Did you know that you live in a Biosphere Reserve? If you are from Stellenbosch, Pniel, Franschhoek, Paarl, Wellington, Rawsonville or Villiersdorp you live inside the beautiful Cape Winelands Biosphere Reserve (CWBR), while people from Ceres and the Strand live just outside it.
The CWBR was designated in 2007 by the United Nations Educational, Scientific and Cultural Organization (UNESCO) as one of its 621 Biosphere Reserves. South Africa presently has six of them and in the Western Cape there are also the Kogelberg and Cape West Coast Biosphere Reserves.
Aim to promote biological diversity, sustainable development and logistic support
The main aims of biosphere reserves internationally are to promote biological diversity, sustainable development and logistic support, the latter including research, education and training. Every biosphere reserve has a pristine core area where no urban development is allowed, a surrounding buffer area that protects the core and a transitional area in which urbanization and cultivation can take place.
This represents a new planning concept which promotes both conservation and development on a broad scale – activities that were often in conflict with each other. In this regard, the CWBR has commissioned the drafting of a spatial framework plan, based on bioregional planning principles, that provides detailed spatial guidance for future land-use management.
In the CWBR, the core area comprises provincial and local authority nature reserves as well as one private nature reserve (Elandsberg). It includes areas such as the Hottentots Holland, Jonkershoek, Limietberg and Jan Marais Nature Reserves. Buffer zones include mostly natural areas that are registered as private nature reserves or are included in private conservancies, such as the Bottelary and Greater Simonsberg Conservancies. In these areas the main objective is to protect and maintain the rich biodiversity by supporting activities such alien eradication and fire management, and to maintain the integrity of the rivers that flow through them.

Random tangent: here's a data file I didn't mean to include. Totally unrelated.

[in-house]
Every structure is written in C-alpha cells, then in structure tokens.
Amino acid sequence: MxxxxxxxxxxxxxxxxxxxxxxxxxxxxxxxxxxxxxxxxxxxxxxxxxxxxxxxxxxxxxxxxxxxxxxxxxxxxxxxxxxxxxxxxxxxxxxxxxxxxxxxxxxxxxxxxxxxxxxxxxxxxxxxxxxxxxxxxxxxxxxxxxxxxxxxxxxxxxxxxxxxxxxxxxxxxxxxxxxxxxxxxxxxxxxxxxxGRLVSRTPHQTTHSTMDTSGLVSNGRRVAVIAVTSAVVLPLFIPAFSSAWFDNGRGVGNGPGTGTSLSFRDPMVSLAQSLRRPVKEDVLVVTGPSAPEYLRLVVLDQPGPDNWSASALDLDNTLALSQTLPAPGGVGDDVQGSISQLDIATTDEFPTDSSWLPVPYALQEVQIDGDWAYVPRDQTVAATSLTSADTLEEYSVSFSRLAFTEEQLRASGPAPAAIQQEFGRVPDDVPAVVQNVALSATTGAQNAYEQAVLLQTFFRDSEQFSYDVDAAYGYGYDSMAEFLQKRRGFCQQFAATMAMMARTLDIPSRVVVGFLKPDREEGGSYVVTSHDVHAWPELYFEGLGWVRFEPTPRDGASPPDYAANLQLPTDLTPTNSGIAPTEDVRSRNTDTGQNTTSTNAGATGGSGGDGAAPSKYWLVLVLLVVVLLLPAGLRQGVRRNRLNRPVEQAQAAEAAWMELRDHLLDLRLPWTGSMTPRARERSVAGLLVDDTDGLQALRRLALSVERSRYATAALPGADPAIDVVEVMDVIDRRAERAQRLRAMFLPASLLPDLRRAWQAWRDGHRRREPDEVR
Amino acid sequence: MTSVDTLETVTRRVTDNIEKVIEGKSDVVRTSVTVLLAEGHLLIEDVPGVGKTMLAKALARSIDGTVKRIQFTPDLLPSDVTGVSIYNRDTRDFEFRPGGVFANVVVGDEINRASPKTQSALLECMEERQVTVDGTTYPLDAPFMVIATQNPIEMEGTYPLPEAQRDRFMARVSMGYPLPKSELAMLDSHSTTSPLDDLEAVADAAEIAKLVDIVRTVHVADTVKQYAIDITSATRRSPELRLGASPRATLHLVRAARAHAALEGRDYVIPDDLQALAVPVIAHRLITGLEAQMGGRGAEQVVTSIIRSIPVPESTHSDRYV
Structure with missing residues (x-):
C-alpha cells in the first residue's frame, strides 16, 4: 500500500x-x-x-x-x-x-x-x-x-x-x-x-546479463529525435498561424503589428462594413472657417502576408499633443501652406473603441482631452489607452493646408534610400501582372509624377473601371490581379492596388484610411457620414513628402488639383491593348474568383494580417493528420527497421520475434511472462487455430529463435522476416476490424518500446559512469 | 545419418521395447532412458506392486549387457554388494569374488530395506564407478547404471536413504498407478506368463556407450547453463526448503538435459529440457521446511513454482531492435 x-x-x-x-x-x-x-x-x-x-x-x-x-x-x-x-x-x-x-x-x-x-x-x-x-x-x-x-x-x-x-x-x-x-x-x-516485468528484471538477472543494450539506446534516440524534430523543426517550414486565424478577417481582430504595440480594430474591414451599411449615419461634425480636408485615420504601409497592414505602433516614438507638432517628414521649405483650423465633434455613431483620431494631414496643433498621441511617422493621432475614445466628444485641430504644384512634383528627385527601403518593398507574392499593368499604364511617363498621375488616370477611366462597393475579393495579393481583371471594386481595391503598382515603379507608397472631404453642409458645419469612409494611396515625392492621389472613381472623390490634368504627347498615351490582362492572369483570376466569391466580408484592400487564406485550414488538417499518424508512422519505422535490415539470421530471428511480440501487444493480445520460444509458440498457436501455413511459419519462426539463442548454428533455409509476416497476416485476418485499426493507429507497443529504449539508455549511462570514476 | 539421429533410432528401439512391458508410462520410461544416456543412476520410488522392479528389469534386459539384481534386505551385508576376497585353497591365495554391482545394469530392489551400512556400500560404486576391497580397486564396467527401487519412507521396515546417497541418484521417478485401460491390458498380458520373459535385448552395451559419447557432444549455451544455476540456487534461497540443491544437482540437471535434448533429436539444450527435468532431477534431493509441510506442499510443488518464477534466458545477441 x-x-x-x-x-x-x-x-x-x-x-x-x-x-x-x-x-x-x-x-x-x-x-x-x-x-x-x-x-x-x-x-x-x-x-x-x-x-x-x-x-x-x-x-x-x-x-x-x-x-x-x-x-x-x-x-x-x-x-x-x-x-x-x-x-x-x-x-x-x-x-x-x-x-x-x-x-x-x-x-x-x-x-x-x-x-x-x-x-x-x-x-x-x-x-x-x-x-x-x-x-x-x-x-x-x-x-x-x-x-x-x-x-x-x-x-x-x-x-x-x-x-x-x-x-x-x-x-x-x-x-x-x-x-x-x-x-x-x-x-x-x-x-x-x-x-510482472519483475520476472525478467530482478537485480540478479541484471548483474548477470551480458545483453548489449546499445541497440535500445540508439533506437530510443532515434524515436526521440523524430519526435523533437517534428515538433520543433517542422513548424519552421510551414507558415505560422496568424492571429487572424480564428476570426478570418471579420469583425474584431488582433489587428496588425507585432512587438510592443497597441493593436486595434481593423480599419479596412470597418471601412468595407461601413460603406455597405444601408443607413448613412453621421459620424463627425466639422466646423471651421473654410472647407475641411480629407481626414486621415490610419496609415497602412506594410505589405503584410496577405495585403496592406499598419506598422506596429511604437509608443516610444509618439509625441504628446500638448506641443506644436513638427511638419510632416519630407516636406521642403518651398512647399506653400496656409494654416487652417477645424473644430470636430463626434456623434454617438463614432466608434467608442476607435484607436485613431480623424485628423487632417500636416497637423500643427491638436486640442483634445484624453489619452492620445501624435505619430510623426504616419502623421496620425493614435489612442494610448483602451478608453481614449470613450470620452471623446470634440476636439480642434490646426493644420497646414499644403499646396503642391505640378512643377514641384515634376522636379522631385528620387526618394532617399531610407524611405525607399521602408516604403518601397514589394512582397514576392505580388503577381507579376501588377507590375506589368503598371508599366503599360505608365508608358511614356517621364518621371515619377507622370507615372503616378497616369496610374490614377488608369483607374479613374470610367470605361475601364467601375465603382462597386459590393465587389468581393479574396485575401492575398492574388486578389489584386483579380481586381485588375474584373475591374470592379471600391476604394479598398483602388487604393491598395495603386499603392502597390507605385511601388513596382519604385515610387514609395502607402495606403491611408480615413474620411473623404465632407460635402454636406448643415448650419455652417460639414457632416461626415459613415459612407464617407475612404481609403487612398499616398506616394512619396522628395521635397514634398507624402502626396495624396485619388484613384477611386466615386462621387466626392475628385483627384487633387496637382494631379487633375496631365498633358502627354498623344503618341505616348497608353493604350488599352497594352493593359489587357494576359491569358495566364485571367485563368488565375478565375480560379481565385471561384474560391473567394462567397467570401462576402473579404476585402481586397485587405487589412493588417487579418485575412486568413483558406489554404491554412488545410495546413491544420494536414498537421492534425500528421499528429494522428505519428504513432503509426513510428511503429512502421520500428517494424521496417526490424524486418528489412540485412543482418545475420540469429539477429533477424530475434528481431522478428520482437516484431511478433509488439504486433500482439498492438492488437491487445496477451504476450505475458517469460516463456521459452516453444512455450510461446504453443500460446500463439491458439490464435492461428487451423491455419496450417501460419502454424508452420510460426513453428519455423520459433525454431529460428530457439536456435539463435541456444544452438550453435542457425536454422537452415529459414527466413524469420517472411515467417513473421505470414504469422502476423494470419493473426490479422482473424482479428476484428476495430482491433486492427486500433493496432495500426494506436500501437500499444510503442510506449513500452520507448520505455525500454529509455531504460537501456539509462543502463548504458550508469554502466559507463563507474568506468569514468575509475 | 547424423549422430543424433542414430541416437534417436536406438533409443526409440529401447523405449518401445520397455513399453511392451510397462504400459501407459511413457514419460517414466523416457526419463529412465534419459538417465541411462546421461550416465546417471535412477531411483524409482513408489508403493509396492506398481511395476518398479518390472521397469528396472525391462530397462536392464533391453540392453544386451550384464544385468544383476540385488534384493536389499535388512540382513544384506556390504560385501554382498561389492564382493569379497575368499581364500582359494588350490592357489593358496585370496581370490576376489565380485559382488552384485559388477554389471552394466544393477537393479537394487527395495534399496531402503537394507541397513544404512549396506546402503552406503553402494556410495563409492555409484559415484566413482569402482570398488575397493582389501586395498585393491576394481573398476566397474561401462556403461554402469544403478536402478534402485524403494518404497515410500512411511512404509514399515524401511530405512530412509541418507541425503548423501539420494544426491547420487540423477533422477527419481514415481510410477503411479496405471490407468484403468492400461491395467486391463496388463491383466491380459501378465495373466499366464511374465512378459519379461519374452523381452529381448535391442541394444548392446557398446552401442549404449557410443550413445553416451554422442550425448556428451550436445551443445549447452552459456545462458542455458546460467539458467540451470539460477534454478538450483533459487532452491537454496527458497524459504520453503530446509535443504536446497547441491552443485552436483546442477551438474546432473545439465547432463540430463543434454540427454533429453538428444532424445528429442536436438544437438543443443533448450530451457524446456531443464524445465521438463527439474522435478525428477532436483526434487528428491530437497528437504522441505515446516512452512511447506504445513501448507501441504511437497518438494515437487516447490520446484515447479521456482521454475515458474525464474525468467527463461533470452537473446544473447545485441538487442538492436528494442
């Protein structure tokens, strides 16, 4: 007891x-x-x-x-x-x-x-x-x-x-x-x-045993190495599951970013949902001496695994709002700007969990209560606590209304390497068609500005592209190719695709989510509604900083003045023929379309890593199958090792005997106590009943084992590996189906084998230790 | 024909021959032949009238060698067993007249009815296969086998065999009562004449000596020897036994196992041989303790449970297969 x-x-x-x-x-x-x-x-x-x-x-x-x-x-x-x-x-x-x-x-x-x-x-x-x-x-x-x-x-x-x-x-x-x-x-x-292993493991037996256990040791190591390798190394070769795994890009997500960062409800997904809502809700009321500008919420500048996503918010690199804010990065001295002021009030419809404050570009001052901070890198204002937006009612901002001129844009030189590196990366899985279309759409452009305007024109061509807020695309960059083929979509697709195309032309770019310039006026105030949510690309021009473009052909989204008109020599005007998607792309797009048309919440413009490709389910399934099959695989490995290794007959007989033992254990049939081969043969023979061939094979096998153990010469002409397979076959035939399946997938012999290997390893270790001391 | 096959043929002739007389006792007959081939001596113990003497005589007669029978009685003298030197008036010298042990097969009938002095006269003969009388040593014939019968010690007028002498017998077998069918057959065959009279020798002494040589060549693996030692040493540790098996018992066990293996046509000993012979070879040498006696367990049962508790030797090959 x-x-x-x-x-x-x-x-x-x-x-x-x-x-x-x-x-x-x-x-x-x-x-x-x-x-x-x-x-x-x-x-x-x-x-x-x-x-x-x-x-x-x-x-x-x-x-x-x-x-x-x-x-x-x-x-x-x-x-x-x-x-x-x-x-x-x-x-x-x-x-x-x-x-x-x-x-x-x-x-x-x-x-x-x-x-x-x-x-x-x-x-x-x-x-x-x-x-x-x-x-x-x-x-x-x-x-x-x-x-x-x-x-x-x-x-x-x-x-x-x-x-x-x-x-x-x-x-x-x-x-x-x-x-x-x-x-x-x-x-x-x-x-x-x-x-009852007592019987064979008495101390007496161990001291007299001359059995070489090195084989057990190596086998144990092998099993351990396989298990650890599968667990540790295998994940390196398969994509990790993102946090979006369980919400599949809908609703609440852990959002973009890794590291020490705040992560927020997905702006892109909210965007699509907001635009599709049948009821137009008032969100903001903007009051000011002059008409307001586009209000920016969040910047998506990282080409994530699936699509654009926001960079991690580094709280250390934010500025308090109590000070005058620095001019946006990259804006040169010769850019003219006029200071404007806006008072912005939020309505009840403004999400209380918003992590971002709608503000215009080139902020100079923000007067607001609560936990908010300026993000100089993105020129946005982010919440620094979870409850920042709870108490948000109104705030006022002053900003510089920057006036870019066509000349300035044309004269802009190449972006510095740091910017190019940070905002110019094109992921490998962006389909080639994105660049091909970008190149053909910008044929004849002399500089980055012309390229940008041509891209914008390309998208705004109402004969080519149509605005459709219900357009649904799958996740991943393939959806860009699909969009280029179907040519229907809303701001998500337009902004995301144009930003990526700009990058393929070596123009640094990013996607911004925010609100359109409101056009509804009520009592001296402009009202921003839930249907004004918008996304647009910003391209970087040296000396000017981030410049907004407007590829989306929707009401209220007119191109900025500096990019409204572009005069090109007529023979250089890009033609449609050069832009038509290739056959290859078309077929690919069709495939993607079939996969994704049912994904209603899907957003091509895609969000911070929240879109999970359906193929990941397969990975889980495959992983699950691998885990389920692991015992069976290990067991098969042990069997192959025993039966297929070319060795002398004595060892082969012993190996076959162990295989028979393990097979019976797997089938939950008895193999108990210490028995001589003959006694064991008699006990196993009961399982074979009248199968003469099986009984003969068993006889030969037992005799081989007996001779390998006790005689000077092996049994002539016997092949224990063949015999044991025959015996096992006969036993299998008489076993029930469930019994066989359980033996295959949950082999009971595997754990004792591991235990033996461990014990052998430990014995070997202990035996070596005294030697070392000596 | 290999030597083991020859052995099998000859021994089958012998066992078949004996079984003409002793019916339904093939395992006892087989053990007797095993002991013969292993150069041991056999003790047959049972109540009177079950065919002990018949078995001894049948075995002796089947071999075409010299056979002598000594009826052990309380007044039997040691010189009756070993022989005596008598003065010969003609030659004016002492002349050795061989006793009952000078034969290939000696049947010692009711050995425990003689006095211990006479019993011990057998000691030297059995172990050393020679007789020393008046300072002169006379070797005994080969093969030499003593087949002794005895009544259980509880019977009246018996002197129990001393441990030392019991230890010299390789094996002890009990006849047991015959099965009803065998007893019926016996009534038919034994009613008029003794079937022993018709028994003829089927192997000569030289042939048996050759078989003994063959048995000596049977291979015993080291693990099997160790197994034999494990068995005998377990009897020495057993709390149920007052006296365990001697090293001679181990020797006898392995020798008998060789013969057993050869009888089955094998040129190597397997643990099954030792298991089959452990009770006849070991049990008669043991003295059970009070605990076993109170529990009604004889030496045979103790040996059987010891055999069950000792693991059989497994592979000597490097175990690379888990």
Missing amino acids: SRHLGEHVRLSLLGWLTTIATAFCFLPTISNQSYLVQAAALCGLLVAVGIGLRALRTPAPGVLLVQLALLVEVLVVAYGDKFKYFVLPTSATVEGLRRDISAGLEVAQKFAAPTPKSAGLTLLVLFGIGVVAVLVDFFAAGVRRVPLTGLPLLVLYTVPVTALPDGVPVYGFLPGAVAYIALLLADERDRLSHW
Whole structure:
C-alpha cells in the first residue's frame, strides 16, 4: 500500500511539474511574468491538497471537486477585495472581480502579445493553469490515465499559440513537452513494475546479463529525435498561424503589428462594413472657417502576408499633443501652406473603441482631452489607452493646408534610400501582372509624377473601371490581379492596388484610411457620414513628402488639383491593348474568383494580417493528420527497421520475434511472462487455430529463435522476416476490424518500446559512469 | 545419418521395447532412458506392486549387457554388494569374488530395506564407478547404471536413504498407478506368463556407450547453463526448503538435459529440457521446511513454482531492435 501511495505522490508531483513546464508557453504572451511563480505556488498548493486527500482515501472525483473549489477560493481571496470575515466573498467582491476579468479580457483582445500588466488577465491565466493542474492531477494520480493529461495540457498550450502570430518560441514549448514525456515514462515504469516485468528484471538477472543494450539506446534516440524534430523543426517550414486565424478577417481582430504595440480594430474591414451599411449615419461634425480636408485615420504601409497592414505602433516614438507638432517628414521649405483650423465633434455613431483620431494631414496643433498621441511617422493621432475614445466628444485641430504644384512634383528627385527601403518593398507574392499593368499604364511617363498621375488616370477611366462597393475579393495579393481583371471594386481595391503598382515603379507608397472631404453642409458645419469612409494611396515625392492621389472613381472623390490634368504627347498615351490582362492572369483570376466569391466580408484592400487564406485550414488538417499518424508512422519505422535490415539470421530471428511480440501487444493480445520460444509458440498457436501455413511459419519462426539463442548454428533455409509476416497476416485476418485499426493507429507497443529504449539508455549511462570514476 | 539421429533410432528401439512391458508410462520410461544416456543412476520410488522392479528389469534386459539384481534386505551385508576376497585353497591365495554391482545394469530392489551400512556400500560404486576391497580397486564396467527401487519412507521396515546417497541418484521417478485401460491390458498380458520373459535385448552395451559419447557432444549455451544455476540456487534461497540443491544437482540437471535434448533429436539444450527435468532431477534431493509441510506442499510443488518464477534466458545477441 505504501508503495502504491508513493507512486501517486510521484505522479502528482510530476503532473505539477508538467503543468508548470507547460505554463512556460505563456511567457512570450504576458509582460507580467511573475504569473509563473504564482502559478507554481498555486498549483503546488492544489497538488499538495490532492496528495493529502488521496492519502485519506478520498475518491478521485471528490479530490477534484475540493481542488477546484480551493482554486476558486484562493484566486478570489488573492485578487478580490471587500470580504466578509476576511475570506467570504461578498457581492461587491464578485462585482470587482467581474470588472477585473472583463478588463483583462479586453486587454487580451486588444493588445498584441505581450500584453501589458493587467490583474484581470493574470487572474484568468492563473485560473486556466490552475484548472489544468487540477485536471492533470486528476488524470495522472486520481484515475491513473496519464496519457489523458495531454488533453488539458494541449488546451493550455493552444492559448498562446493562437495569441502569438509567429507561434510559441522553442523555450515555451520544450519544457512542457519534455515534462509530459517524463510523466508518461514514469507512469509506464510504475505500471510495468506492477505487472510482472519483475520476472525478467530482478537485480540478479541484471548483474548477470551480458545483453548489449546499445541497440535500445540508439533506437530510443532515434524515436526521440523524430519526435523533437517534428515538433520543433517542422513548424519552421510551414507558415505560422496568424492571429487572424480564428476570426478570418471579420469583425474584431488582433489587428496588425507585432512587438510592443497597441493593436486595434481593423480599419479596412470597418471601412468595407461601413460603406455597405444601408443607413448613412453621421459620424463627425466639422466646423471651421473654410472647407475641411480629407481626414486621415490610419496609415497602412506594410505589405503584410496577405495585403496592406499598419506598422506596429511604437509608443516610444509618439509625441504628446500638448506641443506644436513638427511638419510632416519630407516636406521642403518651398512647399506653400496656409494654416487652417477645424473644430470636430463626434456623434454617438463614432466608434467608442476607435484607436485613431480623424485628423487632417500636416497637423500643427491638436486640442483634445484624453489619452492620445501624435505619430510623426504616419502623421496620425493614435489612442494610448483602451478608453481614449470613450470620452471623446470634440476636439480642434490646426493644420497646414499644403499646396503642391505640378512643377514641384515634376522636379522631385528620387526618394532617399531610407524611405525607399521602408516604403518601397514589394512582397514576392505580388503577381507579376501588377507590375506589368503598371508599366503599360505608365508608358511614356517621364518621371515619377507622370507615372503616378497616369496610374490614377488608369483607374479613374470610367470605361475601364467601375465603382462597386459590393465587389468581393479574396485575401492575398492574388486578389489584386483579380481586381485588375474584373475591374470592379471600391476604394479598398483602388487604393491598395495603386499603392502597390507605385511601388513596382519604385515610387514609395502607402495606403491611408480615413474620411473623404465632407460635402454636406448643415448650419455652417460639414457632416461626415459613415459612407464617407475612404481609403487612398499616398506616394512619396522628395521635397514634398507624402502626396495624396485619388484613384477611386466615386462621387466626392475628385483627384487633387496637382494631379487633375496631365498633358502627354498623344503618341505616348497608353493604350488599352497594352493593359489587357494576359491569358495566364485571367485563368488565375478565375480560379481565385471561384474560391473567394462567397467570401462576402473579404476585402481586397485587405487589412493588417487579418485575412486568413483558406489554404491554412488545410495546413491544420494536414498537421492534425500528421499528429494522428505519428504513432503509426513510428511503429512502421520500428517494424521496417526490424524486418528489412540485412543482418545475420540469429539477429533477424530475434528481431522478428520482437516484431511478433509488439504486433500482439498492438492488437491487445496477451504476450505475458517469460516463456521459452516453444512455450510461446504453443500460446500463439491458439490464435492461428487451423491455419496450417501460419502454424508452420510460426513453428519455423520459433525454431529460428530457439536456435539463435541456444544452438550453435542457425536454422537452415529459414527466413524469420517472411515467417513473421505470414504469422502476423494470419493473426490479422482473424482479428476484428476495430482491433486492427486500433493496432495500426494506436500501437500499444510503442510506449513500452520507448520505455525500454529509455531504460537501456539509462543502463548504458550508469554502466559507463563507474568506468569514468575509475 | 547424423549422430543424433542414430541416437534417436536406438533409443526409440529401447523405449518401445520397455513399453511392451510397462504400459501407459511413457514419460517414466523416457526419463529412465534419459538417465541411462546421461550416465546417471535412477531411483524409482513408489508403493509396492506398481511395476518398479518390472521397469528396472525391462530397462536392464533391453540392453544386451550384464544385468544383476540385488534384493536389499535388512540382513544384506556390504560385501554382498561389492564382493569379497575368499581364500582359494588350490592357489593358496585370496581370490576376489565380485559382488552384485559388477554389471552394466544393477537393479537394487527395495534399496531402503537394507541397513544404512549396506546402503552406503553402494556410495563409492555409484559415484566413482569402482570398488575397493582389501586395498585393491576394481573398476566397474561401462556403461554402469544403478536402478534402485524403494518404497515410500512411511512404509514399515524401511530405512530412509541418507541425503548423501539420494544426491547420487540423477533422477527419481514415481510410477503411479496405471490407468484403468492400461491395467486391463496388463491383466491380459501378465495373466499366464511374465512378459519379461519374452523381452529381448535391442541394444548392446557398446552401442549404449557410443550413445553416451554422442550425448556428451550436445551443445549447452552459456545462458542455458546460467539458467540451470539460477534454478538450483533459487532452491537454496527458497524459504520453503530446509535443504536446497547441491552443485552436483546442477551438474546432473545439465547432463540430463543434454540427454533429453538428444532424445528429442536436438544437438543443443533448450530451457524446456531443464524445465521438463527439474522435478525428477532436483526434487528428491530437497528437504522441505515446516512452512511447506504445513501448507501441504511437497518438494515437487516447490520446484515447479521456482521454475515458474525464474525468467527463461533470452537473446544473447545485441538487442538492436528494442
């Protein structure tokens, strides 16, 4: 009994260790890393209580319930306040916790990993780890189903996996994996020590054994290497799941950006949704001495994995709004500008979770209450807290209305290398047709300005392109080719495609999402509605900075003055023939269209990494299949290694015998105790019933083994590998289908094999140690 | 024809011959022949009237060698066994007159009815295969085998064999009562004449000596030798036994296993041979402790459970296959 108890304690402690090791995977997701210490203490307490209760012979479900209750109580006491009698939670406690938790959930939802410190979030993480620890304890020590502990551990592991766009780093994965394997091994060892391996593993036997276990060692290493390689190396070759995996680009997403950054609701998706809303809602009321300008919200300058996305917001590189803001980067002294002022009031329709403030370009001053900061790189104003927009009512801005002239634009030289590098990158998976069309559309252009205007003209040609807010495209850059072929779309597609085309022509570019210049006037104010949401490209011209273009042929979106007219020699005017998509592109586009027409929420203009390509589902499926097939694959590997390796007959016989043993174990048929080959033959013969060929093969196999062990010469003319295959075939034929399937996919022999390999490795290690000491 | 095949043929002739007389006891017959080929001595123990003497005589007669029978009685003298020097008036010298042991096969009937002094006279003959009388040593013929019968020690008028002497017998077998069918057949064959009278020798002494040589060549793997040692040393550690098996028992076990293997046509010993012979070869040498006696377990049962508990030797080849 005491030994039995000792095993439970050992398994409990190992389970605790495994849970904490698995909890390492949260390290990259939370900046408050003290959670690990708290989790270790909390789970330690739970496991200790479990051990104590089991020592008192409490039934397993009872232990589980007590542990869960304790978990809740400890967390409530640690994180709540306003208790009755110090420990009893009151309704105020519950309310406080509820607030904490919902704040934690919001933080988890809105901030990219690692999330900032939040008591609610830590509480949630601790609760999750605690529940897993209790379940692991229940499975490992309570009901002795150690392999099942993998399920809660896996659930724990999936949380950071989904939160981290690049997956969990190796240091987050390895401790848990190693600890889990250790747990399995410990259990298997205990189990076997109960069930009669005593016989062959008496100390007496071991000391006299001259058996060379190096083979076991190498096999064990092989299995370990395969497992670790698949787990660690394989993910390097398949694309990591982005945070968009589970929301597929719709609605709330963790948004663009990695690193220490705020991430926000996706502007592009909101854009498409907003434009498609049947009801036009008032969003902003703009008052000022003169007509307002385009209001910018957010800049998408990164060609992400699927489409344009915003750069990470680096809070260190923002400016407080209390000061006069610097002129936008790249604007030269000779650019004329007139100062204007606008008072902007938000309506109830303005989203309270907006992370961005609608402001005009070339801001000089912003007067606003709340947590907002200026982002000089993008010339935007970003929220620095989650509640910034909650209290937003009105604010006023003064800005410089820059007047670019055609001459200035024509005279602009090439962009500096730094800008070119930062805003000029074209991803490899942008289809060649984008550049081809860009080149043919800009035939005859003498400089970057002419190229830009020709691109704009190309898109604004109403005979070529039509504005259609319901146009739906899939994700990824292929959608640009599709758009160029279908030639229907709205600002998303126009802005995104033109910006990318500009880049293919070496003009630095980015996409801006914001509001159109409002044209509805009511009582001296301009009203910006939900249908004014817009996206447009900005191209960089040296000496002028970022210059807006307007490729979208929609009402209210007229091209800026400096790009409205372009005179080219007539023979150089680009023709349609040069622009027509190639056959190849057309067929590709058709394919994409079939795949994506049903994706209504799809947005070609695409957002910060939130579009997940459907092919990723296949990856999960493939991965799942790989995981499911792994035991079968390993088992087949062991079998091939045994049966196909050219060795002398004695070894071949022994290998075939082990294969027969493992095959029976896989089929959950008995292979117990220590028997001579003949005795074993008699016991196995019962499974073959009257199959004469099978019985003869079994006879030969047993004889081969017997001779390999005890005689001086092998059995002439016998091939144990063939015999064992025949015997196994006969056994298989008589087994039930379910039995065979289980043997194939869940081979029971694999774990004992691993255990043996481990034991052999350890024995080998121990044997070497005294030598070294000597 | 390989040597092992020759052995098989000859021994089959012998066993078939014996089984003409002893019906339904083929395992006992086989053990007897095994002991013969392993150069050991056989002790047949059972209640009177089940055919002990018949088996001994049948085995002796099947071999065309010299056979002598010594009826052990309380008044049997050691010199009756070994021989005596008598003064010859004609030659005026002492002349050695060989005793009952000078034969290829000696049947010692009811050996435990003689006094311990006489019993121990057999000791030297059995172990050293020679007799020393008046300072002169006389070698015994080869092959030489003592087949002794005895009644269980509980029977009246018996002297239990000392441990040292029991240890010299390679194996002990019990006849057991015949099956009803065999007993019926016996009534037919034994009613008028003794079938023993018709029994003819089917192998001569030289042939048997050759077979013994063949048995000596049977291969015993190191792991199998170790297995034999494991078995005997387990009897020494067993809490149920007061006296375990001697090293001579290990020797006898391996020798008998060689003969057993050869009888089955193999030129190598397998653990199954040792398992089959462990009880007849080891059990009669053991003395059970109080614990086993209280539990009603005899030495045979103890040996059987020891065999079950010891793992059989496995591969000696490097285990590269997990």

These areas render important ecosystem services such as providing clean water and sequestering carbon dioxide, and they can be utilised for low impact activities such hiking and bird watching.
Sustainable development includes sustainable living and human well-being
Sustainable development is a broad concept that includes sustainable living and human well-being. Living sustainably implies that we must all as the inhabitants of he CWBR be committed to reduce our impact on the environment by measures such as recycling, stopping or minimising all forms of pollution, saving electricity, fuel and water, and maintaining trees.
Human well-being requires the eradication of poverty through economic development, job creation and education, achieving racial harmony and equality, the resolution of conflicts and the availability of health and other services to all.
It is clear that the CWBR cannot deliver on all these areas of interest, but it is actively pursuing its aims, as will be discussed in follow-up articles.
The initiative to establish the CWBR was taken by the Cape Winelands District Municipality, which is now a partner and provides secretarial services. It is registered as a non-profit company and is administered by a Board of Directors. Presently the directors are Jan Giliomee (Acting chairman), Mark Heistein (Managing Director and Coordinator), Les Holmes (Past chairman), Adele Toua, and Heidi Muller. They are assisted by Adv Charl Frank and Brian Howard.
By Jan Giliomee
You can actively support the CWBR by becoming a member. Membership is free and open to all who subscribe to the ideals above.
Contact Quinton Balie via email or write to him at at Cape Winelands District Municipality, PO Box 100, Stellenbosch 7599 for an application form.